By Jeffrey Fleishman, Los Angeles Times
The Nile, Egypt’s lifeline in the desert, comes under threat
November 11, 2012
Poor African capitals are increasingly challenging Cairo for the river’s water, without which Egypt’s economy would wither and die.
|Egyptians sit near the Nile River at sunset in Cairo. Neighboring African countries at the river’s source, notably Ethiopia, no longer feel bound by colonial-era agreements and are moving to siphon away larger shares of water for electricity, irrigation and business to meet demands of burgeoning populations. (John Moore / Getty Images / February 5, 2011)|
CAIRO — Overwhelmed by cascading economic and political problems since the overthrow of Hosni Mubarak, this nation teeters from within even as it biggest threat may lie hundreds of miles away in the African highlands. Buried in the headlines is the future of the Nile River — and thus the fate ofEgypt itself.
Mubarak long neglected the security danger posed by other nations’ claims to the timeless pulse that provides 95% of this desert country’s water, without which its delta farmlands would wither and its economy die. As poor African capitals increasingly challenge Cairo, however, the struggle has become one of the most pressing foreign policy tests for Egypt’s new president, Mohamed Morsi.
African countries at the river’s source, notably Ethiopia, no longer feel bound by colonial-era agreements on water rights and are moving to siphon away larger shares of water for electricity, irrigation and business to meet demands of burgeoning populations.
It is a skirmish involving diplomats, engineers and veiled threats of war over geography’s blessings and slights and how nations in a new century will divvy up a river on whose banks civilizations have risen and tumbled.
“All of Egyptian life is based on the Nile. Without it there is nothing,” said Moujahed Achouri, the representative for theUnited Nations‘ Food and Agricultural Organization in Egypt.
Morsi’s acknowledgment of the water crisis and his desire to reach a compromise to protect his country’s strategic and historical claim is evident: The Islamist leader has visited key Nile countries twice since his inauguration in June, and his prime minister, Hesham Kandil, is a former water and irrigation minister with connections to officials in African governments. An Egyptian delegation recently toured the region, listening to how Cairo might help build hospitals and schools in villages and jungles.
An advisor to the president quoted in Al Ahram Weekly said this of Morsi: “The man was shocked when he received a review about the state of ties we have with Nile basin countries. The previous regime should be tried for overlooking such a strategic interest.”
For decades, Egypt had concentrated on problems closer to home, including keeping the Arab-Israeli peace and tending to wars from Lebanon to Iraq. Mubarak, who survived a 1995 assassination attempt by Islamic extremists in the Ethiopian capital, Addis Ababa, had paid little attention to East Africa. But his regime was adamant — at one point hinting at military action — in preserving the existing Nile treaties.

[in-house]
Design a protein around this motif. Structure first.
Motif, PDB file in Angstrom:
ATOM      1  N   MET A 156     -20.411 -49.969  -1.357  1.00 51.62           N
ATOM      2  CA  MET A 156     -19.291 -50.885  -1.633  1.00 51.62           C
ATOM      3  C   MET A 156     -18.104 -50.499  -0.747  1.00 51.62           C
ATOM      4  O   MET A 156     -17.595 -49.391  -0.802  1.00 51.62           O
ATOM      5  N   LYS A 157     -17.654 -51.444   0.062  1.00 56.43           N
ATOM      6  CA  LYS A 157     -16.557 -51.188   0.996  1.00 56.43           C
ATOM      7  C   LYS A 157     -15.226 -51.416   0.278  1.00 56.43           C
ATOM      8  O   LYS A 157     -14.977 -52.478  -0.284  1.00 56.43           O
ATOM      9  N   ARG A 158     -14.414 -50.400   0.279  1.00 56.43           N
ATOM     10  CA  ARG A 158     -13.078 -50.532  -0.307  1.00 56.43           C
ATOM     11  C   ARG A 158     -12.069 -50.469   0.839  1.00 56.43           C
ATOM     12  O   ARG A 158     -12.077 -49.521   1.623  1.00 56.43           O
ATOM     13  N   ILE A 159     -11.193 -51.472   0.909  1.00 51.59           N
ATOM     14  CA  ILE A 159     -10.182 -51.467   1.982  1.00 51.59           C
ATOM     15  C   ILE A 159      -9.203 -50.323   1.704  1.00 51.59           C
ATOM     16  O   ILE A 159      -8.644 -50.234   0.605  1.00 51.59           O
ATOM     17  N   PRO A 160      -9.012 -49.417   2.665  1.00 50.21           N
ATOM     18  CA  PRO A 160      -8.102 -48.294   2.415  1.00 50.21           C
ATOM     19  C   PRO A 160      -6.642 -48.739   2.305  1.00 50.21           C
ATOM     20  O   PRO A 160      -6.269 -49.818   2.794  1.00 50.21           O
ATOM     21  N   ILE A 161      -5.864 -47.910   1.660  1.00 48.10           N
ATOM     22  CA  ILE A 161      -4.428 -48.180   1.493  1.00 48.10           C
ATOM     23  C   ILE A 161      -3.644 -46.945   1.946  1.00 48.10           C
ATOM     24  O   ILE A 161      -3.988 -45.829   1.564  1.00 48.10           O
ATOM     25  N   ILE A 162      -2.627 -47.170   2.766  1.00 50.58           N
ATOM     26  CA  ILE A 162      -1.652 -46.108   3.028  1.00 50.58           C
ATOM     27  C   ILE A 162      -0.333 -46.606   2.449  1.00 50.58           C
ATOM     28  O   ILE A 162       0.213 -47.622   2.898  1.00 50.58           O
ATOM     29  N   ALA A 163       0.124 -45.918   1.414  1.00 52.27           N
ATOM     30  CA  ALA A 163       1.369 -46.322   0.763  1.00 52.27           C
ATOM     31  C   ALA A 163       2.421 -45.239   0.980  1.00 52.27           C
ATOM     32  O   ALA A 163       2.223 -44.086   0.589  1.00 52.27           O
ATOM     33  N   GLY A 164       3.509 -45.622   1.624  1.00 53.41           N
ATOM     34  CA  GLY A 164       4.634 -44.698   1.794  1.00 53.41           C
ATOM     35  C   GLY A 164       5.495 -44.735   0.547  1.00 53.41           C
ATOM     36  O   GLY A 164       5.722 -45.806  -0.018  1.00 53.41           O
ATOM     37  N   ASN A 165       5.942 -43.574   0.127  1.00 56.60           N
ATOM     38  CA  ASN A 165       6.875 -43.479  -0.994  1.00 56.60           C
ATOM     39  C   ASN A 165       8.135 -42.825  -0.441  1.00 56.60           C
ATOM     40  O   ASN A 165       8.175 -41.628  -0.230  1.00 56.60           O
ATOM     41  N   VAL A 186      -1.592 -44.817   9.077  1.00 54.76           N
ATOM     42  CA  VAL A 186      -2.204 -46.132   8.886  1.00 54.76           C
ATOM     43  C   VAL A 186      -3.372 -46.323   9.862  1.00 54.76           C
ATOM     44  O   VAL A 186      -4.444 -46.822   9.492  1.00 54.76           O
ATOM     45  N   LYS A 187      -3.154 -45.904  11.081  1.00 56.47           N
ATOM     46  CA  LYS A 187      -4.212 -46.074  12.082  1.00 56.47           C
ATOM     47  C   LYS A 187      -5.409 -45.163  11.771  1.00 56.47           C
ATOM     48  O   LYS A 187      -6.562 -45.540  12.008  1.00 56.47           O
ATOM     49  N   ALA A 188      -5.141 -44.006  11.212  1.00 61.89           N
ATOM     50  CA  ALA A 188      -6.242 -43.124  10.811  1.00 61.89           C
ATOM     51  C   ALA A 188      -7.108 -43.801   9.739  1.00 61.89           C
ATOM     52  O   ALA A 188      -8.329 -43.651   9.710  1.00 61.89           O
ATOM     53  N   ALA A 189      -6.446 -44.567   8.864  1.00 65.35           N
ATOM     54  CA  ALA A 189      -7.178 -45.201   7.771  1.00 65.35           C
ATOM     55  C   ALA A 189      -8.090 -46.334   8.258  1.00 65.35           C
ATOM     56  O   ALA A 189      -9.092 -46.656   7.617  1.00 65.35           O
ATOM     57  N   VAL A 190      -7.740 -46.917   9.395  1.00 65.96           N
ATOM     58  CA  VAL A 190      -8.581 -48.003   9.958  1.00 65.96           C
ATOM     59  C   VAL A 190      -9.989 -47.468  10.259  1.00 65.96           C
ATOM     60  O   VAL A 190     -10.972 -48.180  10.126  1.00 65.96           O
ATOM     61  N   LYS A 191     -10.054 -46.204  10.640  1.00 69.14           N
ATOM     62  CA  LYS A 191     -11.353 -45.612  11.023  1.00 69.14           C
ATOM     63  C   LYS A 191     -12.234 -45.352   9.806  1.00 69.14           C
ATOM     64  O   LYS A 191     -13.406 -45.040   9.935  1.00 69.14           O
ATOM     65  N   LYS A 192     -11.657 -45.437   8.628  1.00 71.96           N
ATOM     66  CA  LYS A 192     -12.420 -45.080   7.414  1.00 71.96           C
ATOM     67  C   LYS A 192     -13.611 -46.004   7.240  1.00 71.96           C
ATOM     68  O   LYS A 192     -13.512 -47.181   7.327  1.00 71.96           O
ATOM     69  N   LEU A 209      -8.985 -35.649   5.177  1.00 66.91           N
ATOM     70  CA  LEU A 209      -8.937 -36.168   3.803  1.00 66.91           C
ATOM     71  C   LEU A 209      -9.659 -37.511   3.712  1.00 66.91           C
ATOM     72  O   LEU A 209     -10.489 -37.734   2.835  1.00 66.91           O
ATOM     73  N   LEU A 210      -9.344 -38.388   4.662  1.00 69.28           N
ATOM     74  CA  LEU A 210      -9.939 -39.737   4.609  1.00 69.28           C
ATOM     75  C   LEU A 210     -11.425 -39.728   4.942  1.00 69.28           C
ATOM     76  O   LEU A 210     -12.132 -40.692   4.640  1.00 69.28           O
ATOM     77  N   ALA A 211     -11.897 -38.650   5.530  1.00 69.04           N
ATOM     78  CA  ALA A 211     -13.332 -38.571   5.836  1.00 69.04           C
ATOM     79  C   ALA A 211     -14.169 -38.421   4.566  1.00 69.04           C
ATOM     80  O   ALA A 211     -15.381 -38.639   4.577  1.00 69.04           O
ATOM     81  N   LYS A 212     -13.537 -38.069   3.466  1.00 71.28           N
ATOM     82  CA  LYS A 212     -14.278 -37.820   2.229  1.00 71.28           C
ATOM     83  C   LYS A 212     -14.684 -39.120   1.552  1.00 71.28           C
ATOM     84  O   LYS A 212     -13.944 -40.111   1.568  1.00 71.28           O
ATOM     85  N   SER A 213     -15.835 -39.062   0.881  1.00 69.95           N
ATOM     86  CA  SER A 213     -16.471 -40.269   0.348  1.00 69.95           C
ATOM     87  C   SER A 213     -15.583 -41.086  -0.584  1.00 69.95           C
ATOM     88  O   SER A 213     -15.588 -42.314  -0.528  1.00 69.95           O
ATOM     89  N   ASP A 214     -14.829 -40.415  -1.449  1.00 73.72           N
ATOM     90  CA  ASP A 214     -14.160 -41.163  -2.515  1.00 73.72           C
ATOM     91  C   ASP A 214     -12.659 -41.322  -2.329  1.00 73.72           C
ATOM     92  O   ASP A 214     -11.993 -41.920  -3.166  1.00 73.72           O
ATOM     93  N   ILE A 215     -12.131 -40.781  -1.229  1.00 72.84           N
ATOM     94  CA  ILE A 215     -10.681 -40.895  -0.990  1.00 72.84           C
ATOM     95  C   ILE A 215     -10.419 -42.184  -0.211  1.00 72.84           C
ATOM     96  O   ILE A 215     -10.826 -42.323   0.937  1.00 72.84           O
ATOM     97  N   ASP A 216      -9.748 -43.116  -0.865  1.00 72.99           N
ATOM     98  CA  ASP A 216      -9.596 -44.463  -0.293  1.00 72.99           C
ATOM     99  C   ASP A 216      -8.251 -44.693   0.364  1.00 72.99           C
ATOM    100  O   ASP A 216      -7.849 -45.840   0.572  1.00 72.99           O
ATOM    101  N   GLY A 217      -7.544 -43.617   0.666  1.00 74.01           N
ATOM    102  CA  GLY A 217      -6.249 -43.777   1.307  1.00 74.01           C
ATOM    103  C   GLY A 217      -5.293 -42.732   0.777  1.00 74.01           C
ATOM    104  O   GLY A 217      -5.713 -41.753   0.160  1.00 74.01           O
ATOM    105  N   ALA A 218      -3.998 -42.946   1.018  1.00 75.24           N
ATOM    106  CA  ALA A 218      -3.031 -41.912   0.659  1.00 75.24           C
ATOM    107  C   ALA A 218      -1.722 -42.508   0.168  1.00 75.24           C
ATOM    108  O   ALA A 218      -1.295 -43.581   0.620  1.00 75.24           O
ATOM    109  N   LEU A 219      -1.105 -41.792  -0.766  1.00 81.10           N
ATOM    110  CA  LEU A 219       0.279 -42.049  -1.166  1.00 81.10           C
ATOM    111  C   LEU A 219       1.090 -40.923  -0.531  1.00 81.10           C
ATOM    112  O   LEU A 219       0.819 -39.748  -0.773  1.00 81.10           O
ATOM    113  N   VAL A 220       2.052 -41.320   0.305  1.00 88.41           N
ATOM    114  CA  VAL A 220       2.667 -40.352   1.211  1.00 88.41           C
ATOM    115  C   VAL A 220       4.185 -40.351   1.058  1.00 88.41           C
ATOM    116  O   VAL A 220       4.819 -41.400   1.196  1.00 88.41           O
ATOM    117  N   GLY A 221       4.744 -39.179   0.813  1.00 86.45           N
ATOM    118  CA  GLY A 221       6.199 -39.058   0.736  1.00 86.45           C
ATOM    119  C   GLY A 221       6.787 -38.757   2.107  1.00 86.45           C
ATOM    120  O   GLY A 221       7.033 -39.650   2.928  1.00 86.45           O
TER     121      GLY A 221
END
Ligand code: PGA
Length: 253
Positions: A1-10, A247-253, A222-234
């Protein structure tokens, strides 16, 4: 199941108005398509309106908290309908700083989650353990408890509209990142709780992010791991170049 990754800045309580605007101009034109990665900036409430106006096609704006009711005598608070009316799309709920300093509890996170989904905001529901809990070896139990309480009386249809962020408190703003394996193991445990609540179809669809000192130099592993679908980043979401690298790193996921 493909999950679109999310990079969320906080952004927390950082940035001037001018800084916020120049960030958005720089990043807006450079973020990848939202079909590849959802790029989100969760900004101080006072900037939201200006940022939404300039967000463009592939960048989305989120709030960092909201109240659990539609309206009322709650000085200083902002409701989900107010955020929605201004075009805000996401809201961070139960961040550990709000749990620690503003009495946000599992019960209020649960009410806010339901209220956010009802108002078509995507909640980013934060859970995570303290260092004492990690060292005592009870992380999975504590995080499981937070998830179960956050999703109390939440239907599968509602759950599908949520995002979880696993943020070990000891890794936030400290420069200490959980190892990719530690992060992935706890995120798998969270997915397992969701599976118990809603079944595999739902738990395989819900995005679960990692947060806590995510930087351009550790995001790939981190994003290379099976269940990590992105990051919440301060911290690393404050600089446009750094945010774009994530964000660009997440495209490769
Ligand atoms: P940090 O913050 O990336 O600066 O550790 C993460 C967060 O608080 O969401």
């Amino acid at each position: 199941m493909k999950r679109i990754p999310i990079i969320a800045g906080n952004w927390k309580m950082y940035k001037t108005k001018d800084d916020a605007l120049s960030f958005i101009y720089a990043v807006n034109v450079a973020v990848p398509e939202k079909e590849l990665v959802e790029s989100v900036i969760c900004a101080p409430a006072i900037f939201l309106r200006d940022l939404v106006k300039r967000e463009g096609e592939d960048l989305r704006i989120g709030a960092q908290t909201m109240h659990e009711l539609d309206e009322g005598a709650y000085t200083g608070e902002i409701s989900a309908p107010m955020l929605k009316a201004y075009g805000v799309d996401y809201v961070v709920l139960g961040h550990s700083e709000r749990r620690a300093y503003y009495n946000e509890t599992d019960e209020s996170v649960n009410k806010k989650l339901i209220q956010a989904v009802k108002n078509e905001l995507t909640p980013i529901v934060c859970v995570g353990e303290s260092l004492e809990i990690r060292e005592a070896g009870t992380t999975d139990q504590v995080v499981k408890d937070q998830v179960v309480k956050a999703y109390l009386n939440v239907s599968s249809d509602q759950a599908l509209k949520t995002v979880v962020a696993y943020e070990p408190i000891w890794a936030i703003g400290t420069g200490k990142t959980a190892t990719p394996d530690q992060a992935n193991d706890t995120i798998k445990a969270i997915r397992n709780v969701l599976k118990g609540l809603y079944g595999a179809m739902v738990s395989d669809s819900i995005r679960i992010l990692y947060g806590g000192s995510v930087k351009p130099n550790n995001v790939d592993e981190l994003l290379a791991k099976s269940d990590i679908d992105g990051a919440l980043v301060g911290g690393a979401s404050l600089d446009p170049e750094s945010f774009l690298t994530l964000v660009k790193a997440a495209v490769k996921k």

That echoed a warning from his predecessor, President Anwar Sadat, in 1979: “The only matter that could take Egypt to war again is water.”
In a 1929 treaty and through other pacts, Egypt and its southern neighbor, Sudan, were granted the bulk of the Nile’s flow. The logic — filtered through decades of politics and power struggles — was that Egypt could not survive without the river. Nile basin countries, including Ethiopia, Uganda, Kenya and Tanzania, have seasonal rains and other water sources.
But economic pressure and increasing demand for energy and development have turned African countries’ attention to the Nile. Since 2010, Ethiopia, which now gets only 3% of its water from the Nile, and five other upstream countries have indicated they would divert more water and no longer honor Egypt’s veto power over building projects on the river.
The biggest challenge to Cairo is the Grand Ethiopian Renaissance Dam. Experts estimate that the hydropower project, which is under construction and is expected to cost at least $4.8 billion, could reduce the river’s flow to Egypt by as much as 25% during the three years it would take to fill the reservoir behind the dam. The project faces a number of potential setbacks and lost its biggest proponent when Ethiopian Prime Minister Meles Zenawi died in August.
Ethiopia has sought to reassure Cairo that Egypt’s annual share of 55.5 billion cubic meters of Nile water — about two-thirds of the river’s flow — will not be disrupted and that the new dam may provide low-cost electricity to its neighbors. But the Egyptians are suspicious.
“Egypt has entered a stage where its resources are depleting and population is rapidly increasing,” said Hani Raslan, an expert on the Nile basin for Al Ahram Center for Political and Strategic Studies in Cairo. “If the dam is complete … this will mean Ethiopia will turn into an enemy for Egypt because it will essentially threaten the country’s safety, development and livelihood of its people.”